David (D): The rising costs of healthcare continue to push Americans further into debt and force them to consider risky trade-offs. There’s no other industry where you blindly purchase something so significant, of uncertain quality, without knowing the price ahead of time.

A few years ago, I had to switch insurance companies and find a new in-network doctor that treated my hereditary hemochromatosis. It was painfully complicated to find a different plan and a new doctor, and make sure I could afford the treatments. I had no context or resources to confidently make a decision about where to find care and how to budget for it. I realized we all need better information about our healthcare options—and cost information was at the top of my list.

J: What needs to be done—and can be done—to address concerns people have around cost?

D: I think putting cost information in front of people who need care will dramatically improve the healthcare system. I started Amino so that all Americans could begin to estimate their health costs and find affordable, in-network care.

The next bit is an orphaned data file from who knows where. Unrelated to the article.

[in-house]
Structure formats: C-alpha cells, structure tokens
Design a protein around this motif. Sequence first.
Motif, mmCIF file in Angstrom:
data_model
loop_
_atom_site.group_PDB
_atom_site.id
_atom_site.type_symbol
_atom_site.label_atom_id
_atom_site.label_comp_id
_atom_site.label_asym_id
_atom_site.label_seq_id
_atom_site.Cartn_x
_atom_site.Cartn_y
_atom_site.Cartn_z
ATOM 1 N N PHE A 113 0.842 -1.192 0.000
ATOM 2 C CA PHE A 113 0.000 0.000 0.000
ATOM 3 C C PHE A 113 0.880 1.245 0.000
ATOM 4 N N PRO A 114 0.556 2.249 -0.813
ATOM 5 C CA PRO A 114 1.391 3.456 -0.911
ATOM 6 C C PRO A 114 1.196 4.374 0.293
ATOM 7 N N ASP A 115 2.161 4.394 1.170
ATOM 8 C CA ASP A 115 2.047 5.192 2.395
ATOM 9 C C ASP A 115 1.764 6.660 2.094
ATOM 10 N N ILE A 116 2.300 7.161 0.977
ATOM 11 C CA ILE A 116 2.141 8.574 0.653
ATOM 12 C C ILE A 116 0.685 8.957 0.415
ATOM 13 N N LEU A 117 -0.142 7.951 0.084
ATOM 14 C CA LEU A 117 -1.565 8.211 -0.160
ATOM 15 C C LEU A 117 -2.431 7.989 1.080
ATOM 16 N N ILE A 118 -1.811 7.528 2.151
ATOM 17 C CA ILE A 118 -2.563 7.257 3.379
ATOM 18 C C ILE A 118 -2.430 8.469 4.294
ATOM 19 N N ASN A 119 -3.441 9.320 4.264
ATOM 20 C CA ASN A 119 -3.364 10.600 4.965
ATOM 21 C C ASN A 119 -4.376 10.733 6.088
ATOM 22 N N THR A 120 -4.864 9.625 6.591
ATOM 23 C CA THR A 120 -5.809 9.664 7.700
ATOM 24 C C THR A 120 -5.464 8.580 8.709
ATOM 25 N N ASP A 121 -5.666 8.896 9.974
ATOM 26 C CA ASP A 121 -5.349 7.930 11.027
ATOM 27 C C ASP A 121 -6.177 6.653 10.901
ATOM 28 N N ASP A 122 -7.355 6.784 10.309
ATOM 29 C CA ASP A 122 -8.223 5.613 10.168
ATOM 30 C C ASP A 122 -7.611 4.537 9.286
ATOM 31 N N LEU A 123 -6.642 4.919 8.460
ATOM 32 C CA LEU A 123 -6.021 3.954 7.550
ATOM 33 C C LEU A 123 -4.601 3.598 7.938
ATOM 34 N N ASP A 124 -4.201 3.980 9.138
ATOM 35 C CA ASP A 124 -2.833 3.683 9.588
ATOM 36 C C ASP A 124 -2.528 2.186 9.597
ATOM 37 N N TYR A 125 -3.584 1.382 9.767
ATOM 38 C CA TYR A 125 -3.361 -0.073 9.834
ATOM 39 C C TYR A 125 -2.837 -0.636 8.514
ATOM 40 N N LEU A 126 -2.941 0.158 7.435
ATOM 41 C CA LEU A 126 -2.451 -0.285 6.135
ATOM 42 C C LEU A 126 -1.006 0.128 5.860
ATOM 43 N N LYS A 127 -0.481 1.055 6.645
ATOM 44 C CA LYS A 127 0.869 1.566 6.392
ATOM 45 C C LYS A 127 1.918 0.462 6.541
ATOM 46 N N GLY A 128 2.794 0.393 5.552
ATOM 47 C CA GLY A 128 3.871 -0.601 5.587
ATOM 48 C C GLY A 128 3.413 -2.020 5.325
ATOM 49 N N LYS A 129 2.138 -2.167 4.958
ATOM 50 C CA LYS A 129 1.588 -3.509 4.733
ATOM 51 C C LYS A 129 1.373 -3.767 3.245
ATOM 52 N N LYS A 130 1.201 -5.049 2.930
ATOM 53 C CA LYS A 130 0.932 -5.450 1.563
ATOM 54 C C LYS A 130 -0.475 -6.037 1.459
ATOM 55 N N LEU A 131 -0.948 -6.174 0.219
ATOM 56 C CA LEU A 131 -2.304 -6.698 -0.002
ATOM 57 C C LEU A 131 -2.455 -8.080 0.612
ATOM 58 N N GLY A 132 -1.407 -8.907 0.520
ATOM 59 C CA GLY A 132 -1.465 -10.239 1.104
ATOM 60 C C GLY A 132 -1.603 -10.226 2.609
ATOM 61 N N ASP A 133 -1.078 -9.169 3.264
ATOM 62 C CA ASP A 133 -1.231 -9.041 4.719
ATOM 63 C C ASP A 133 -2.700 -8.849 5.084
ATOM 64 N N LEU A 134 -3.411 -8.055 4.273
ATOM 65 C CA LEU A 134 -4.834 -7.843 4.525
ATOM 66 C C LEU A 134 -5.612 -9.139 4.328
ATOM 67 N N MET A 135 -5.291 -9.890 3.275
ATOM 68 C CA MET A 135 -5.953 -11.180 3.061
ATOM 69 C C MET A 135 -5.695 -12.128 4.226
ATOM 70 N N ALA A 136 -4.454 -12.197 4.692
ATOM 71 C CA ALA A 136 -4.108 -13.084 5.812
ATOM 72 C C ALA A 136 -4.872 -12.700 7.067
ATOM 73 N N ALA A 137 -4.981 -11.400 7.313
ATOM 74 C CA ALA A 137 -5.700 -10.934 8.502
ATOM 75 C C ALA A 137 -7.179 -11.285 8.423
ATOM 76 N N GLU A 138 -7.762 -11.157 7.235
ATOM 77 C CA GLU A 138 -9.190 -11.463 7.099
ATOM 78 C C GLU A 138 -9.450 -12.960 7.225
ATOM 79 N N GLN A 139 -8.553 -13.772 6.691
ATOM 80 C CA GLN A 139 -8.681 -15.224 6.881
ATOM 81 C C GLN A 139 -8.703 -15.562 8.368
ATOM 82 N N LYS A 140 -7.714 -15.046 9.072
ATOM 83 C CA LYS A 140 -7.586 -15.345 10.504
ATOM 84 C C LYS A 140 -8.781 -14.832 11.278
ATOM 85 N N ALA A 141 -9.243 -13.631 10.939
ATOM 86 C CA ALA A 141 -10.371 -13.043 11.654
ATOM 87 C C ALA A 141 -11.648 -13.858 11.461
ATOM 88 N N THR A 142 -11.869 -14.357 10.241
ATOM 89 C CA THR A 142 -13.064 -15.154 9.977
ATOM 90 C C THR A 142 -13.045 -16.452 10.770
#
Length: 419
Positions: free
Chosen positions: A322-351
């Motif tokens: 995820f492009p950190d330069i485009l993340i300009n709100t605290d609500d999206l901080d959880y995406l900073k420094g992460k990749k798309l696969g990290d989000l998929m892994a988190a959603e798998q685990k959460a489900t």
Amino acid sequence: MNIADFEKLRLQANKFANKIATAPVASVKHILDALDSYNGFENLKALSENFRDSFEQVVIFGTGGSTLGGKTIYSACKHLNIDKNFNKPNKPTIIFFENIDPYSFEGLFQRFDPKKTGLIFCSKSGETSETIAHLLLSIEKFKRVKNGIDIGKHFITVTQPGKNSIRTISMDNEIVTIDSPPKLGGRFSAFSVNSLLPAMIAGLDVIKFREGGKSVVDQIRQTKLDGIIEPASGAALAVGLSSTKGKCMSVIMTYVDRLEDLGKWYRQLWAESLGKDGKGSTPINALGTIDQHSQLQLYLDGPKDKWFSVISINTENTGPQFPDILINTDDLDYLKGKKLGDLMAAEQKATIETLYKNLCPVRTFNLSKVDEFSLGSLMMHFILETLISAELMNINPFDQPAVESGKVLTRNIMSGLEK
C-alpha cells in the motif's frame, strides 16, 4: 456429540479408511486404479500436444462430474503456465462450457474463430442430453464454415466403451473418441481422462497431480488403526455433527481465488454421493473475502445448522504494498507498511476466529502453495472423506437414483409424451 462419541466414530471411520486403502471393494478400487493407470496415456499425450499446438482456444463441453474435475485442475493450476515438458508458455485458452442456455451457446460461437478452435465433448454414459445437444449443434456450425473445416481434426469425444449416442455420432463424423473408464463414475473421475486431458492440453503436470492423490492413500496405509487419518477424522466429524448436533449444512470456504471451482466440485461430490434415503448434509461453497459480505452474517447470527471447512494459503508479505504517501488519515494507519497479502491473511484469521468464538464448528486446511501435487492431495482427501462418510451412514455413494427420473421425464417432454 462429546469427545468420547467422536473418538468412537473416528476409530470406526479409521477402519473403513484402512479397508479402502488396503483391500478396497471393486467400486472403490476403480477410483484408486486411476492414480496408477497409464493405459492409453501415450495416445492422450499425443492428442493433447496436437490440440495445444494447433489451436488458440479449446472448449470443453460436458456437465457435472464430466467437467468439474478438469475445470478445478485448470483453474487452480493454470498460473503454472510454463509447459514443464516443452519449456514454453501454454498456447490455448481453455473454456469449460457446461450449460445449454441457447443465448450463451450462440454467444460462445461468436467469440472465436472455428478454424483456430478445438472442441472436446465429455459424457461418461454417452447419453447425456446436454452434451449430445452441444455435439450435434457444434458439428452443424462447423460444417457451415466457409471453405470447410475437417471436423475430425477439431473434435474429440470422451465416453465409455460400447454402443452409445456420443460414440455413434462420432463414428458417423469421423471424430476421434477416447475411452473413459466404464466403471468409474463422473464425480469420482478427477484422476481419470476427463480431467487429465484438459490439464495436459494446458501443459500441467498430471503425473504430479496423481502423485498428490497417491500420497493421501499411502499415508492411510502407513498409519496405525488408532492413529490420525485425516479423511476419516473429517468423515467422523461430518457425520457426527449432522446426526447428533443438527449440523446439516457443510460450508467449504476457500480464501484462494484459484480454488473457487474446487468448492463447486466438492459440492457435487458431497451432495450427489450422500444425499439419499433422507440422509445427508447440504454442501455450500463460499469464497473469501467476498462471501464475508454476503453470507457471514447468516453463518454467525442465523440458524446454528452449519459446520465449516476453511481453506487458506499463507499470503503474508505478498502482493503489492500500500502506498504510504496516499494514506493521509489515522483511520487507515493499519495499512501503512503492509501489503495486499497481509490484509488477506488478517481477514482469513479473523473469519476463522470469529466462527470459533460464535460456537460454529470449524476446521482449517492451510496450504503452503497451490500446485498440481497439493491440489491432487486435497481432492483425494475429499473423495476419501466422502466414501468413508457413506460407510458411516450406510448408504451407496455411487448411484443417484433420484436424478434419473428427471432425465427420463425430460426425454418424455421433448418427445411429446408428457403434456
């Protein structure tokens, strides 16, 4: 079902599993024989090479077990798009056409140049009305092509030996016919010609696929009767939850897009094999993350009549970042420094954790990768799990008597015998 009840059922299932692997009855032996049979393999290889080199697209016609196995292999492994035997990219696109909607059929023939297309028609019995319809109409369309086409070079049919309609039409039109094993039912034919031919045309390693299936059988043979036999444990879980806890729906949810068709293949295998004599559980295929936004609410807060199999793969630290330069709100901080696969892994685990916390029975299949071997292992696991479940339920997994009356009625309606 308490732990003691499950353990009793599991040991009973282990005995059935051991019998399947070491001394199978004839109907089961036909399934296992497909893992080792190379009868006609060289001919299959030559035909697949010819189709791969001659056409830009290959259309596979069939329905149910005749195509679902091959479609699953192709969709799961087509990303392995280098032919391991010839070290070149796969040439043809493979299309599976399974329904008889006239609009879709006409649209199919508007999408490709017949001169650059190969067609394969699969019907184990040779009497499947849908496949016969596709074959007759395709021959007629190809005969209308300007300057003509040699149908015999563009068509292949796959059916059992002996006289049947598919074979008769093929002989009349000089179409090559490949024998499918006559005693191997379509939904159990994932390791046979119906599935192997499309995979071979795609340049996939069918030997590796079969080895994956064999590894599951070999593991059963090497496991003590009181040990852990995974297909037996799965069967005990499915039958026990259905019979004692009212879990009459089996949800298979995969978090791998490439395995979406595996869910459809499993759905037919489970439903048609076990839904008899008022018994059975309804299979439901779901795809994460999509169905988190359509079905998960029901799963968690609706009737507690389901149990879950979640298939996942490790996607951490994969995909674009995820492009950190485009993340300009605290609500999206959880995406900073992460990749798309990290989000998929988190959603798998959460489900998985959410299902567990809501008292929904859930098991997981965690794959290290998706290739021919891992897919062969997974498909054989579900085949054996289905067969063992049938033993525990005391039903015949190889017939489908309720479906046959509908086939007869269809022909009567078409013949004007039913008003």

Of course, improving transparency needs to come from the top-down, too. It needs to be the top priority for state and federal government, pharmaceutical companies, insurance networks, hospitals, doctors, and any other healthcare organization—now more than ever before.

Controlling healthcare costs is a fairly bipartisan issue (see Florida’s recent healthcare price transparency bills and ongoing support from GOP leaders like Sen. Chuck Grassley), so we’ll have to see what the upcoming administration's priorities are in this area.

J: Is there anything that people can do to take an active role in managing their healthcare costs?

D: We have this phrase at Amino: "Know before you go." It’s a good habit we follow in other aspects of our lives that we should carry over into our healthcare experiences. Researching every decision—from complex healthcare treatments to preventative care—helps you understand your options and choose what’s right for you and your wallet.